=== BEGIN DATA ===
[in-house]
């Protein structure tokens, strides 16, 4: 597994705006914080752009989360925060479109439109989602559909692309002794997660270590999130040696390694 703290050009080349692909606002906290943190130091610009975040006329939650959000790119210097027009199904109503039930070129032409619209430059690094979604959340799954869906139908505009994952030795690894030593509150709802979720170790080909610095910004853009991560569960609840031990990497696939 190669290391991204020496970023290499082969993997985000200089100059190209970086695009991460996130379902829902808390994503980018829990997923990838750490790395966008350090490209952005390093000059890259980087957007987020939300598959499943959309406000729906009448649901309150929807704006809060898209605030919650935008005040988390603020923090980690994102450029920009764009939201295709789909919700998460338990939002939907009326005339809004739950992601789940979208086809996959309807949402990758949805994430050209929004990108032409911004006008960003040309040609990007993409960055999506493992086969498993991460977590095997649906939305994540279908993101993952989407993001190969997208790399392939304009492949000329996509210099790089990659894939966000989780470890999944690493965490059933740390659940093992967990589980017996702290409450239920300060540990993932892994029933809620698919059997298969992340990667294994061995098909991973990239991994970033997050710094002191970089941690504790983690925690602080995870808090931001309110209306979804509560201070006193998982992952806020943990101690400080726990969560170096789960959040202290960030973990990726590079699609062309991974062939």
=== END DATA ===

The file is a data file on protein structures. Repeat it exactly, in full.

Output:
[in-house]
């Protein structure tokens, strides 16, 4: 597994705006914080752009989360925060479109439109989602559909692309002794997660270590999130040696390694 703290050009080349692909606002906290943190130091610009975040006329939650959000790119210097027009199904109503039930070129032409619209430059690094979604959340799954869906139908505009994952030795690894030593509150709802979720170790080909610095910004853009991560569960609840031990990497696939 190669290391991204020496970023290499082969993997985000200089100059190209970086695009991460996130379902829902808390994503980018829990997923990838750490790395966008350090490209952005390093000059890259980087957007987020939300598959499943959309406000729906009448649901309150929807704006809060898209605030919650935008005040988390603020923090980690994102450029920009764009939201295709789909919700998460338990939002939907009326005339809004739950992601789940979208086809996959309807949402990758949805994430050209929004990108032409911004006008960003040309040609990007993409960055999506493992086969498993991460977590095997649906939305994540279908993101993952989407993001190969997208790399392939304009492949000329996509210099790089990659894939966000989780470890999944690493965490059933740390659940093992967990589980017996702290409450239920300060540990993932892994029933809620698919059997298969992340990667294994061995098909991973990239991994970033997050710094002191970089941690504790983690925690602080995870808090931001309110209306979804509560201070006193998982992952806020943990101690400080726990969560170096789960959040202290960030973990990726590079699609062309991974062939």